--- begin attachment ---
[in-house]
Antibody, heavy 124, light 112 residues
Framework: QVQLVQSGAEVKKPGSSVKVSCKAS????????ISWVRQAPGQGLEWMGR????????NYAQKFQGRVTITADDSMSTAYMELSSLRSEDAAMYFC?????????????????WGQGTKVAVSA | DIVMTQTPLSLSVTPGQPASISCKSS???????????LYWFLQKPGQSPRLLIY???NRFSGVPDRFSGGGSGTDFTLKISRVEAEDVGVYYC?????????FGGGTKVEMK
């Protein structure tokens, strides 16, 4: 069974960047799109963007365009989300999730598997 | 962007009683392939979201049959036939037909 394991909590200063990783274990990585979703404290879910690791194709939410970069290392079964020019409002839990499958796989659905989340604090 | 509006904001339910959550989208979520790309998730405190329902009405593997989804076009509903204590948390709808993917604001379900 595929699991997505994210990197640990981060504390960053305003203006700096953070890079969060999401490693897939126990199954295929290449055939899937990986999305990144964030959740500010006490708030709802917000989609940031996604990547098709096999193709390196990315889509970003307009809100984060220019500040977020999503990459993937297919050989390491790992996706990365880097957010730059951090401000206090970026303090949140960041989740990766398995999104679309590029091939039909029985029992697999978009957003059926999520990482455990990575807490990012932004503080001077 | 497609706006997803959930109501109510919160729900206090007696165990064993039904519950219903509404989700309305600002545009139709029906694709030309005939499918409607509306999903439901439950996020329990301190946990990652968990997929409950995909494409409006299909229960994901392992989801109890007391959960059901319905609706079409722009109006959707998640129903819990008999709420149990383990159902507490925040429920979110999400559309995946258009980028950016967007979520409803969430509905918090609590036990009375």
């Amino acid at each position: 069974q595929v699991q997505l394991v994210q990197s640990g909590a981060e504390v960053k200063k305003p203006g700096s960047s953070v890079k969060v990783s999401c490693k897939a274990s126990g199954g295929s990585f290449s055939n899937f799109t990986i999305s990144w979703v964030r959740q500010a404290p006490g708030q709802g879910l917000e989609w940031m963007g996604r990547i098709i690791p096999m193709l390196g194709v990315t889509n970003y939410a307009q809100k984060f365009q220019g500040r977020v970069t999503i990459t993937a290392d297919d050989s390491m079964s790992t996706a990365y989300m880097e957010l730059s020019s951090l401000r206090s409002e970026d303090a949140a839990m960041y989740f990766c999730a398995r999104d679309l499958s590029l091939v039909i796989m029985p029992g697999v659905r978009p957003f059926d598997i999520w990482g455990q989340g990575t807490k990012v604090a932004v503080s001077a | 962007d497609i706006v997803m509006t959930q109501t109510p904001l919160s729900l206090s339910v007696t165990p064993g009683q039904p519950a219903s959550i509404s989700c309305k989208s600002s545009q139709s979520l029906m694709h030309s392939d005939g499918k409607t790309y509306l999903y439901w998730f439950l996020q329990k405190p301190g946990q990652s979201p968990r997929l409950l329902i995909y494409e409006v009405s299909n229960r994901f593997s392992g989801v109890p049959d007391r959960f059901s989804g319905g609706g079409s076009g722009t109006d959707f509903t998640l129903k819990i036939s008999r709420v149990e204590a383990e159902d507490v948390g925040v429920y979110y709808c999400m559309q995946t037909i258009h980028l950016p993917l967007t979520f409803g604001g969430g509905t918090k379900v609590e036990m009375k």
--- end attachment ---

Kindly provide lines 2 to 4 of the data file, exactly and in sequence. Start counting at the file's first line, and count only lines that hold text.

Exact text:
Antibody, heavy 124, light 112 residues
Framework: QVQLVQSGAEVKKPGSSVKVSCKAS????????ISWVRQAPGQGLEWMGR????????NYAQKFQGRVTITADDSMSTAYMELSSLRSEDAAMYFC?????????????????WGQGTKVAVSA | DIVMTQTPLSLSVTPGQPASISCKSS???????????LYWFLQKPGQSPRLLIY???NRFSGVPDRFSGGGSGTDFTLKISRVEAEDVGVYYC?????????FGGGTKVEMK
């Protein structure tokens, strides 16, 4: 069974960047799109963007365009989300999730598997 | 962007009683392939979201049959036939037909 394991909590200063990783274990990585979703404290879910690791194709939410970069290392079964020019409002839990499958796989659905989340604090 | 509006904001339910959550989208979520790309998730405190329902009405593997989804076009509903204590948390709808993917604001379900 595929699991997505994210990197640990981060504390960053305003203006700096953070890079969060999401490693897939126990199954295929290449055939899937990986999305990144964030959740500010006490708030709802917000989609940031996604990547098709096999193709390196990315889509970003307009809100984060220019500040977020999503990459993937297919050989390491790992996706990365880097957010730059951090401000206090970026303090949140960041989740990766398995999104679309590029091939039909029985029992697999978009957003059926999520990482455990990575807490990012932004503080001077 | 497609706006997803959930109501109510919160729900206090007696165990064993039904519950219903509404989700309305600002545009139709029906694709030309005939499918409607509306999903439901439950996020329990301190946990990652968990997929409950995909494409409006299909229960994901392992989801109890007391959960059901319905609706079409722009109006959707998640129903819990008999709420149990383990159902507490925040429920979110999400559309995946258009980028950016967007979520409803969430509905918090609590036990009375």